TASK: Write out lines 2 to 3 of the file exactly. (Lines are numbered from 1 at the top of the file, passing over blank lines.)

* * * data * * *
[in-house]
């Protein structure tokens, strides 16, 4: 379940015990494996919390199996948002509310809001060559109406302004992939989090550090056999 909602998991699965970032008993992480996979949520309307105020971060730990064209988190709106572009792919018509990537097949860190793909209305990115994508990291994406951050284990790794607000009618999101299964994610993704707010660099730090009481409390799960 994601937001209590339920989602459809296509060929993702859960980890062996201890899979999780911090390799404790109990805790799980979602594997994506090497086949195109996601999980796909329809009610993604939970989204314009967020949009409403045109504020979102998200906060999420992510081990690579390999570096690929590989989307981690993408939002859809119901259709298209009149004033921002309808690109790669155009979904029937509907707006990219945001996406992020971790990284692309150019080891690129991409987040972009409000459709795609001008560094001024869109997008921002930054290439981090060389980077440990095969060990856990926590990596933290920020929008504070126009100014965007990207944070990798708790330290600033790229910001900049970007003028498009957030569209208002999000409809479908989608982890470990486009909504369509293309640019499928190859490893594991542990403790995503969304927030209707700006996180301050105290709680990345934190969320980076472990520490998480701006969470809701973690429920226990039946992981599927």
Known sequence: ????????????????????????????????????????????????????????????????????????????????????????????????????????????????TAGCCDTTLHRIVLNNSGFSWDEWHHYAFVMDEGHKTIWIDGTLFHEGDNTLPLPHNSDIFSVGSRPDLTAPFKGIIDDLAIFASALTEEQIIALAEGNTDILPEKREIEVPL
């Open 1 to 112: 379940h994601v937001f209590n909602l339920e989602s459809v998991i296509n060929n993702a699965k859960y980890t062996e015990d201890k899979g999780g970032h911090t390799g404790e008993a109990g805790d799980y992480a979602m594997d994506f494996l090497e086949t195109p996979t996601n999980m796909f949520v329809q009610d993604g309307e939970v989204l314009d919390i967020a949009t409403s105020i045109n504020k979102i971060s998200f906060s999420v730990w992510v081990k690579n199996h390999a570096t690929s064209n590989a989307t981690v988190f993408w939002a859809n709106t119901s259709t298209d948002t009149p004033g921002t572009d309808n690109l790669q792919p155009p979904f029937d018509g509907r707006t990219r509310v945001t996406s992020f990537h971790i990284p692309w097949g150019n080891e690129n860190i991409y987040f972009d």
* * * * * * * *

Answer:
């Protein structure tokens, strides 16, 4: 379940015990494996919390199996948002509310809001060559109406302004992939989090550090056999 909602998991699965970032008993992480996979949520309307105020971060730990064209988190709106572009792919018509990537097949860190793909209305990115994508990291994406951050284990790794607000009618999101299964994610993704707010660099730090009481409390799960 994601937001209590339920989602459809296509060929993702859960980890062996201890899979999780911090390799404790109990805790799980979602594997994506090497086949195109996601999980796909329809009610993604939970989204314009967020949009409403045109504020979102998200906060999420992510081990690579390999570096690929590989989307981690993408939002859809119901259709298209009149004033921002309808690109790669155009979904029937509907707006990219945001996406992020971790990284692309150019080891690129991409987040972009409000459709795609001008560094001024869109997008921002930054290439981090060389980077440990095969060990856990926590990596933290920020929008504070126009100014965007990207944070990798708790330290600033790229910001900049970007003028498009957030569209208002999000409809479908989608982890470990486009909504369509293309640019499928190859490893594991542990403790995503969304927030209707700006996180301050105290709680990345934190969320980076472990520490998480701006969470809701973690429920226990039946992981599927």
Known sequence: ????????????????????????????????????????????????????????????????????????????????????????????????????????????????TAGCCDTTLHRIVLNNSGFSWDEWHHYAFVMDEGHKTIWIDGTLFHEGDNTLPLPHNSDIFSVGSRPDLTAPFKGIIDDLAIFASALTEEQIIALAEGNTDILPEKREIEVPL